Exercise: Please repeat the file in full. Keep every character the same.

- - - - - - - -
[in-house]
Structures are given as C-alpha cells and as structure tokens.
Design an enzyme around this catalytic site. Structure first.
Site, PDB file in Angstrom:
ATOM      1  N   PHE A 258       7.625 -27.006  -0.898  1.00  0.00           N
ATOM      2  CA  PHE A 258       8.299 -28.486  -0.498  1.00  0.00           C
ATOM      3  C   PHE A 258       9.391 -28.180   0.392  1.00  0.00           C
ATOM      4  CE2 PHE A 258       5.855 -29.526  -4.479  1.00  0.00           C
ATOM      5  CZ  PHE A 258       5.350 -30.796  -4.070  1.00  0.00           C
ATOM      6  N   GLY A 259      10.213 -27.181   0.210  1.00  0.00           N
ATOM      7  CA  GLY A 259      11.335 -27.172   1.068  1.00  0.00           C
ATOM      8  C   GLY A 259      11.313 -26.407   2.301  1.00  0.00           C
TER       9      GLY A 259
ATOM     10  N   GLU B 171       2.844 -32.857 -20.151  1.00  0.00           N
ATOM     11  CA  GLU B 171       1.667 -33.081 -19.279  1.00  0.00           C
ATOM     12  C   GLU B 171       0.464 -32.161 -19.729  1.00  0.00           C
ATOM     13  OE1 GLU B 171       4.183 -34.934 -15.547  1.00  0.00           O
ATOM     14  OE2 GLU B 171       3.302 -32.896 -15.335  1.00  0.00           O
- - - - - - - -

[in-house]
Structures are given as C-alpha cells and as structure tokens.
Design an enzyme around this catalytic site. Structure first.
Site, PDB file in Angstrom:
ATOM      1  N   PHE A 258       7.625 -27.006  -0.898  1.00  0.00           N
ATOM      2  CA  PHE A 258       8.299 -28.486  -0.498  1.00  0.00           C
ATOM      3  C   PHE A 258       9.391 -28.180   0.392  1.00  0.00           C
ATOM      4  CE2 PHE A 258       5.855 -29.526  -4.479  1.00  0.00           C
ATOM      5  CZ  PHE A 258       5.350 -30.796  -4.070  1.00  0.00           C
ATOM      6  N   GLY A 259      10.213 -27.181   0.210  1.00  0.00           N
ATOM      7  CA  GLY A 259      11.335 -27.172   1.068  1.00  0.00           C
ATOM      8  C   GLY A 259      11.313 -26.407   2.301  1.00  0.00           C
TER       9      GLY A 259
ATOM     10  N   GLU B 171       2.844 -32.857 -20.151  1.00  0.00           N
ATOM     11  CA  GLU B 171       1.667 -33.081 -19.279  1.00  0.00           C
ATOM     12  C   GLU B 171       0.464 -32.161 -19.729  1.00  0.00           C
ATOM     13  OE1 GLU B 171       4.183 -34.934 -15.547  1.00  0.00           O
ATOM     14  OE2 GLU B 171       3.302 -32.896 -15.335  1.00  0.00           O